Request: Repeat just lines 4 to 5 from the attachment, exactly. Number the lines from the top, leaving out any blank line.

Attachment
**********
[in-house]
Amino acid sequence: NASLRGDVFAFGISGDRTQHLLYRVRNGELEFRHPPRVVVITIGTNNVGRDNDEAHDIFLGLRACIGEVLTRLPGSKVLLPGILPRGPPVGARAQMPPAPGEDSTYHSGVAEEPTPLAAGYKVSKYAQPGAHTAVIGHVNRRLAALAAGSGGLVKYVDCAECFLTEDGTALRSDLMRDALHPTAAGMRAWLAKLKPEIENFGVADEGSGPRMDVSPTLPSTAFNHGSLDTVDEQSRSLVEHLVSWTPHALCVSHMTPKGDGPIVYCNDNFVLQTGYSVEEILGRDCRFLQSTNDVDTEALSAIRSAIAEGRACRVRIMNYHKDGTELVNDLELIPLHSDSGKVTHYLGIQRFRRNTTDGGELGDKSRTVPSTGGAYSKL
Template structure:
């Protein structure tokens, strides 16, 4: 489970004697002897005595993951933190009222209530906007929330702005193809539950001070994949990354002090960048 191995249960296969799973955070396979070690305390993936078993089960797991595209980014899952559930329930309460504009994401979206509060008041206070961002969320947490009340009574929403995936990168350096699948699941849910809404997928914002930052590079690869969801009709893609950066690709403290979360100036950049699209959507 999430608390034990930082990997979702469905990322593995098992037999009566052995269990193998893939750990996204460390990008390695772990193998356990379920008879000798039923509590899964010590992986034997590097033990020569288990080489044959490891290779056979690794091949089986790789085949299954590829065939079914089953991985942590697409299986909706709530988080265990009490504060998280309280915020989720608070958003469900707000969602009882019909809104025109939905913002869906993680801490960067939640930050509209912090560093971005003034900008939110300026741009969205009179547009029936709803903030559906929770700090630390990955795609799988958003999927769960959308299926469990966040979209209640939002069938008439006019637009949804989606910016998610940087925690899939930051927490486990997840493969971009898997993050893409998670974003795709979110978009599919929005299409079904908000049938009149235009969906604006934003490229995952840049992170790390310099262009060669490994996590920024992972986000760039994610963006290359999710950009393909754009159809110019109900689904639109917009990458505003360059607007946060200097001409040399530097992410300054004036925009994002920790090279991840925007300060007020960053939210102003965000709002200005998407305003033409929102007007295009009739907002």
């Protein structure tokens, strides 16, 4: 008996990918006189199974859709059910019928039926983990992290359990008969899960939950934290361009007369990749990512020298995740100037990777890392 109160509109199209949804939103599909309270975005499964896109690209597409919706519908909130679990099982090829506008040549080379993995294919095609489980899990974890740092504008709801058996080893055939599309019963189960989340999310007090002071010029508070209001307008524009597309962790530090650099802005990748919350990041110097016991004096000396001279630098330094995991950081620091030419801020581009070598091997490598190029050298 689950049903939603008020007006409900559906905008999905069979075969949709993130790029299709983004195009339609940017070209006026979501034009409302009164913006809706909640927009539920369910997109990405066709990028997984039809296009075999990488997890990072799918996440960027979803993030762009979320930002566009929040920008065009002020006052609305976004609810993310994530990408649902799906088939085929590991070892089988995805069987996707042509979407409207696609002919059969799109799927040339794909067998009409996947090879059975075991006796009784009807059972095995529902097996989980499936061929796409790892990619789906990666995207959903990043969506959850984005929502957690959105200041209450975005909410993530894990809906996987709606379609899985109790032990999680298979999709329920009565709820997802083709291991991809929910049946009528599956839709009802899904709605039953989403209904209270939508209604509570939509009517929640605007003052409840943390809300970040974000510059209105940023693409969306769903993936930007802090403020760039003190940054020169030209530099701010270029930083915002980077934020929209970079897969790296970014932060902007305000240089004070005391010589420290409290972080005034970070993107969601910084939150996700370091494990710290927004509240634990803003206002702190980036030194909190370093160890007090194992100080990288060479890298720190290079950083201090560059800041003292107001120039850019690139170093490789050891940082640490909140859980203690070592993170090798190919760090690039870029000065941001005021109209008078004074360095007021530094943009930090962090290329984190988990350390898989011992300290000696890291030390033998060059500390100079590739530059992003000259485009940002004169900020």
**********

């Protein structure tokens, strides 16, 4: 489970004697002897005595993951933190009222209530906007929330702005193809539950001070994949990354002090960048 191995249960296969799973955070396979070690305390993936078993089960797991595209980014899952559930329930309460504009994401979206509060008041206070961002969320947490009340009574929403995936990168350096699948699941849910809404997928914002930052590079690869969801009709893609950066690709403290979360100036950049699209959507 999430608390034990930082990997979702469905990322593995098992037999009566052995269990193998893939750990996204460390990008390695772990193998356990379920008879000798039923509590899964010590992986034997590097033990020569288990080489044959490891290779056979690794091949089986790789085949299954590829065939079914089953991985942590697409299986909706709530988080265990009490504060998280309280915020989720608070958003469900707000969602009882019909809104025109939905913002869906993680801490960067939640930050509209912090560093971005003034900008939110300026741009969205009179547009029936709803903030559906929770700090630390990955795609799988958003999927769960959308299926469990966040979209209640939002069938008439006019637009949804989606910016998610940087925690899939930051927490486990997840493969971009898997993050893409998670974003795709979110978009599919929005299409079904908000049938009149235009969906604006934003490229995952840049992170790390310099262009060669490994996590920024992972986000760039994610963006290359999710950009393909754009159809110019109900689904639109917009990458505003360059607007946060200097001409040399530097992410300054004036925009994002920790090279991840925007300060007020960053939210102003965000709002200005998407305003033409929102007007295009009739907002």
């Protein structure tokens, strides 16, 4: 008996990918006189199974859709059910019928039926983990992290359990008969899960939950934290361009007369990749990512020298995740100037990777890392 109160509109199209949804939103599909309270975005499964896109690209597409919706519908909130679990099982090829506008040549080379993995294919095609489980899990974890740092504008709801058996080893055939599309019963189960989340999310007090002071010029508070209001307008524009597309962790530090650099802005990748919350990041110097016991004096000396001279630098330094995991950081620091030419801020581009070598091997490598190029050298 689950049903939603008020007006409900559906905008999905069979075969949709993130790029299709983004195009339609940017070209006026979501034009409302009164913006809706909640927009539920369910997109990405066709990028997984039809296009075999990488997890990072799918996440960027979803993030762009979320930002566009929040920008065009002020006052609305976004609810993310994530990408649902799906088939085929590991070892089988995805069987996707042509979407409207696609002919059969799109799927040339794909067998009409996947090879059975075991006796009784009807059972095995529902097996989980499936061929796409790892990619789906990666995207959903990043969506959850984005929502957690959105200041209450975005909410993530894990809906996987709606379609899985109790032990999680298979999709329920009565709820997802083709291991991809929910049946009528599956839709009802899904709605039953989403209904209270939508209604509570939509009517929640605007003052409840943390809300970040974000510059209105940023693409969306769903993936930007802090403020760039003190940054020169030209530099701010270029930083915002980077934020929209970079897969790296970014932060902007305000240089004070005391010589420290409290972080005034970070993107969601910084939150996700370091494990710290927004509240634990803003206002702190980036030194909190370093160890007090194992100080990288060479890298720190290079950083201090560059800041003292107001120039850019690139170093490789050891940082640490909140859980203690070592993170090798190919760090690039870029000065941001005021109209008078004074360095007021530094943009930090962090290329984190988990350390898989011992300290000696890291030390033998060059500390100079590739530059992003000259485009940002004169900020």